This is not the 90s

August 12, 2009

The constant comparisons between the current healthcare push and the Clintons’ are superficial and misguided.  It is actually much more like last year’s presidential campaign.

First off, the Clintons wrote the bill behind closed doors and then sent it to congress to rubberstamp.  When it came time to sell it congress was MIA, so it was left to Hilary alone.  A lady driving around in a bus.  This time around there are 200+ salesmen with skin in the game, that know their respective constituents and what moves them.  That means every day we are going to have dozens of advocates on local radio, network TV, morning shows, op-eds, etc.

On top of that you’ve got the best explainer in chief the White House has ever seen, a great communications machine, and an organizing arm.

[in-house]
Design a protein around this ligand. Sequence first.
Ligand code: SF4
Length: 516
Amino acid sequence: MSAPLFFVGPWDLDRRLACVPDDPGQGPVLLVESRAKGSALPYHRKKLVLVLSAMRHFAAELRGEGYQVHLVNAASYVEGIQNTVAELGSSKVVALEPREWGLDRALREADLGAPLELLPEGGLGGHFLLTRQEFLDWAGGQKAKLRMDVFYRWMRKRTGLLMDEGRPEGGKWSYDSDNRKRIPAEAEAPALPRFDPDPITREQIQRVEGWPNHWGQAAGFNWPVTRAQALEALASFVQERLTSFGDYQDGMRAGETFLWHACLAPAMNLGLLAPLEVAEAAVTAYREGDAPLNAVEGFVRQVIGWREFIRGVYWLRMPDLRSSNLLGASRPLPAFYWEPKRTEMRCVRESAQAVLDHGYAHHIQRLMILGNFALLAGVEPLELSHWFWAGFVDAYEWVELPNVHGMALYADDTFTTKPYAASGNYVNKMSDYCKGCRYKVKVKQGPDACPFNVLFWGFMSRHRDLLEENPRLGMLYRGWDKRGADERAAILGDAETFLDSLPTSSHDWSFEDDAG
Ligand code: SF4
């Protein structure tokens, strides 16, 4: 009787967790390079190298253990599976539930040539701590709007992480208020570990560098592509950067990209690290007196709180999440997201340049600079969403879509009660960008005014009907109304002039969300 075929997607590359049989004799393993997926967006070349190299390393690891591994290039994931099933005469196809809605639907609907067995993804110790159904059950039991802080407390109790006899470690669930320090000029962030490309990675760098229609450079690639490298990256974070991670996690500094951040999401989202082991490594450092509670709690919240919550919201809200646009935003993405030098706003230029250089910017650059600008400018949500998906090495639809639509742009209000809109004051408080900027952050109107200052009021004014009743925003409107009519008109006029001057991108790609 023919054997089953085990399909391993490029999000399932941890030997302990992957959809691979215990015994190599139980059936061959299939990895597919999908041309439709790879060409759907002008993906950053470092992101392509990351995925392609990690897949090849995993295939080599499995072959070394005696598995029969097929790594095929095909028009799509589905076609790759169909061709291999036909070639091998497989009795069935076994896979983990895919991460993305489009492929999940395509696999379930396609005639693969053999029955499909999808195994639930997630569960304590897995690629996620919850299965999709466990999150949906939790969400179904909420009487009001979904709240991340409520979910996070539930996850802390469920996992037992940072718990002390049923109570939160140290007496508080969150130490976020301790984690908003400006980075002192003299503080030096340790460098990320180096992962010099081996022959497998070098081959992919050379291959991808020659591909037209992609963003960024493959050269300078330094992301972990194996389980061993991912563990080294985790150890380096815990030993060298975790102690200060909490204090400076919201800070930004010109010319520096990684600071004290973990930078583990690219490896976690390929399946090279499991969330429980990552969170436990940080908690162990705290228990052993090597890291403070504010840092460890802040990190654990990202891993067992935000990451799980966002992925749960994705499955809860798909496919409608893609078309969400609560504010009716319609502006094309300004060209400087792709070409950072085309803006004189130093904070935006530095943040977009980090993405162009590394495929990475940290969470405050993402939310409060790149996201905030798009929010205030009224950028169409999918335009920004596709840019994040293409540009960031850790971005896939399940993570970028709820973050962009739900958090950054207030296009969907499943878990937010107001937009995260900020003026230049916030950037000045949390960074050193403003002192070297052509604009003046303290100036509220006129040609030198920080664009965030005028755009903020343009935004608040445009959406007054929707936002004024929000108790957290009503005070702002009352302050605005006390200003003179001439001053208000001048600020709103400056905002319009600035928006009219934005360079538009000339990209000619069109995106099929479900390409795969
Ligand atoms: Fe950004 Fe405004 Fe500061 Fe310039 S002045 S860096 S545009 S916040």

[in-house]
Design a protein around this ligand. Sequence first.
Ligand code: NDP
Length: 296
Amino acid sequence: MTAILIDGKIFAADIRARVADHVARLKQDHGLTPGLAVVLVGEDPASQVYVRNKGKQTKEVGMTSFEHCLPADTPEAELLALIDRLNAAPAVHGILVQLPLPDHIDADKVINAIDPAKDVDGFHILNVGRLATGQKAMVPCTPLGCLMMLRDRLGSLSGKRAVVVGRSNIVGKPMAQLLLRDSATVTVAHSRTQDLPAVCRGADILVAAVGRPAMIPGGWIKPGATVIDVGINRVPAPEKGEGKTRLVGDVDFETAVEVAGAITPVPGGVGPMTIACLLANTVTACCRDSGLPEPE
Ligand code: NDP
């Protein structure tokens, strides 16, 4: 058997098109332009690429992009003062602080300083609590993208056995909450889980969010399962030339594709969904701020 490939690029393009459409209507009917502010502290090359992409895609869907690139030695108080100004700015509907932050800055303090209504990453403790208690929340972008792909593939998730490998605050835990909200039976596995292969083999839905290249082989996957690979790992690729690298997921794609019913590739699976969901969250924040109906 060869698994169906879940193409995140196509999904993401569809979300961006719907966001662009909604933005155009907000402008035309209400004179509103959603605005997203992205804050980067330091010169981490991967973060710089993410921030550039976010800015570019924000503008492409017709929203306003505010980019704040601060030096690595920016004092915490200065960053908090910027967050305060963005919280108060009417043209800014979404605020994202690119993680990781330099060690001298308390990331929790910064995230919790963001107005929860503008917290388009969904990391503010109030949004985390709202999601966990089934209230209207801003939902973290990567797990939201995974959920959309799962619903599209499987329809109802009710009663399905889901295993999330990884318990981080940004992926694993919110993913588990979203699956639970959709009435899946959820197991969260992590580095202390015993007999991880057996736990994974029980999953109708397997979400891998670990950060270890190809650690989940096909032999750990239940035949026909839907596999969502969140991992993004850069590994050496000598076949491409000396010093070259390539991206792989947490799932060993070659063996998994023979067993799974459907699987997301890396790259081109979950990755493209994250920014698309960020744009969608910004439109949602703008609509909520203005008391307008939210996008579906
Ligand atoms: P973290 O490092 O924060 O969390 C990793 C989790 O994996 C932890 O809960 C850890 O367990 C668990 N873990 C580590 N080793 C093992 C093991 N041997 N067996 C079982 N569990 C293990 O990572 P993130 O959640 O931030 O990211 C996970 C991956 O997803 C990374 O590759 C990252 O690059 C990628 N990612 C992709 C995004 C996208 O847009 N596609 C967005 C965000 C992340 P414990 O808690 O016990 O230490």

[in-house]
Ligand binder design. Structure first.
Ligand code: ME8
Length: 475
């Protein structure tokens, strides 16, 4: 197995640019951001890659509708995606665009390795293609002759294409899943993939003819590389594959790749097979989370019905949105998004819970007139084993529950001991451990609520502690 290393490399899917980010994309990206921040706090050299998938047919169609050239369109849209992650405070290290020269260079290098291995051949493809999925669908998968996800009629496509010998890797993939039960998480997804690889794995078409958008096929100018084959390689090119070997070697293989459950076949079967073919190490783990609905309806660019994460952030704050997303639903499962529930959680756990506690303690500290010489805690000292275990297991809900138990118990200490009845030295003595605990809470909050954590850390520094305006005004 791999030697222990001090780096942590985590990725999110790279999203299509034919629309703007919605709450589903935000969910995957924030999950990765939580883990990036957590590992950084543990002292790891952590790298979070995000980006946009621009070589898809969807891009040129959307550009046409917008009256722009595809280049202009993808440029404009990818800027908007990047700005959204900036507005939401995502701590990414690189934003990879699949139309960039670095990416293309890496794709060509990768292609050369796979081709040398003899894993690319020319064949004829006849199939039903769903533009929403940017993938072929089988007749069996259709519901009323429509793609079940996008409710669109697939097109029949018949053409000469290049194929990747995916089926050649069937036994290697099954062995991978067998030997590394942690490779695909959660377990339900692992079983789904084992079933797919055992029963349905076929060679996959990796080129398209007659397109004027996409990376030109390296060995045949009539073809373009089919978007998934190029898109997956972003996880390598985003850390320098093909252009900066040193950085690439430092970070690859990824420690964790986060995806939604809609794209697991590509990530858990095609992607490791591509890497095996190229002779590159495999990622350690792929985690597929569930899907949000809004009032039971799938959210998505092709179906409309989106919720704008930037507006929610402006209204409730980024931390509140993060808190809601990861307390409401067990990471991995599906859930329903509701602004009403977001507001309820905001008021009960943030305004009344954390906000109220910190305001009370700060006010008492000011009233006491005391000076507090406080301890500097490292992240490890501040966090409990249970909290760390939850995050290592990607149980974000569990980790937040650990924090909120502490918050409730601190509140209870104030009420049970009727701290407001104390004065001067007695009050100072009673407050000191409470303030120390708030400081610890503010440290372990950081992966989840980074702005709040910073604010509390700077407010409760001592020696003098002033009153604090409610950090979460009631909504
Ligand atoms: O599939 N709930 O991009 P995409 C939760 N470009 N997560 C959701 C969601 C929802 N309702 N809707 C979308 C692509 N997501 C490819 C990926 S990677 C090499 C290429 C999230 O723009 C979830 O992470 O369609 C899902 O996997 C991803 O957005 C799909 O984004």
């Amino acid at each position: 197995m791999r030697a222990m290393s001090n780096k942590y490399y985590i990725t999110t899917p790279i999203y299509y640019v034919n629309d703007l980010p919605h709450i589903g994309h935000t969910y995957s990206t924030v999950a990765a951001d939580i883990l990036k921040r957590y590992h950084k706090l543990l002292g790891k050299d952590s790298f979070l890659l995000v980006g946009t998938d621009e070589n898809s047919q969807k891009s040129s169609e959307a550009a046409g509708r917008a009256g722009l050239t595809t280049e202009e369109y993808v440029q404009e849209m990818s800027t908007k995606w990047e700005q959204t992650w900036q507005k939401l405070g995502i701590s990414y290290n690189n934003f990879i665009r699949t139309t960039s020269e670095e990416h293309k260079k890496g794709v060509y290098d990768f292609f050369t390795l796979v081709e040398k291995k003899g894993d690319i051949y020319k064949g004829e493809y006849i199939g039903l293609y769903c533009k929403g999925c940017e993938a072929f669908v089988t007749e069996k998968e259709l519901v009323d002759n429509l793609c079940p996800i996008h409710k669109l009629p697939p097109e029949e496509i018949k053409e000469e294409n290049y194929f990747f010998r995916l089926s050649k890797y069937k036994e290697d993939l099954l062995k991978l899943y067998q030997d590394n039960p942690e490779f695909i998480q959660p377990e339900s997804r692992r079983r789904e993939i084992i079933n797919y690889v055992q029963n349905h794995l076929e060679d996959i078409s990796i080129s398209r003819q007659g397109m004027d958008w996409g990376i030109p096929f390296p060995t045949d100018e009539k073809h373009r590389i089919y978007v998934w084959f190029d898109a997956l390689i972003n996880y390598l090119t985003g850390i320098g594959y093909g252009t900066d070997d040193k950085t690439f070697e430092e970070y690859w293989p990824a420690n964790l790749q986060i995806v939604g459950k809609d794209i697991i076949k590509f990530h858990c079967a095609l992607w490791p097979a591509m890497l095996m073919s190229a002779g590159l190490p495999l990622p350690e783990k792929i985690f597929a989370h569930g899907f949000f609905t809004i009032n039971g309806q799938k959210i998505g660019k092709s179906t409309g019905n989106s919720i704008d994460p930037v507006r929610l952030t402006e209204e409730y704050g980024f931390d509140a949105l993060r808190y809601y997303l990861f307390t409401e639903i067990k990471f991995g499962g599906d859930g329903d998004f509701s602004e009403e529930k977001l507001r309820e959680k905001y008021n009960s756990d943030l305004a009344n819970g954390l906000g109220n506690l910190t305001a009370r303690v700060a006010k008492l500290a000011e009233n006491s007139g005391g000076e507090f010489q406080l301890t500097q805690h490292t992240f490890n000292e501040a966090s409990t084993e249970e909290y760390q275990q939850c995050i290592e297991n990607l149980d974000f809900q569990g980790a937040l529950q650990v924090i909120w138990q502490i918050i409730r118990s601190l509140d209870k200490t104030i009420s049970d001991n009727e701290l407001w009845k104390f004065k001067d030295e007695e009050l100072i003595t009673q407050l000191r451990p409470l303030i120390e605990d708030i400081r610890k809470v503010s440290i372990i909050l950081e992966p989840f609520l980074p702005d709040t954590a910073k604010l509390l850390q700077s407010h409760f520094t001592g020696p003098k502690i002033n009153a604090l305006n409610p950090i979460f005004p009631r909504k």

Now think back to the presidential campaign: Early on McCain made outrageous accusations and fabrications about Obama.  That gave him an initial bump, but strategically it was a huge mistake because it gave Obama months to disprove each and every one.  Independents started seeing through the lies and distortions, and by election day nothing McCain could throw stuck.

Same thing is happening now.  Lies, misrepresentations and innuendos are scaring the beejesus out of grandma, but after a couple weeks of further silliness, and disproving from proponents, this tactic will lose teeth.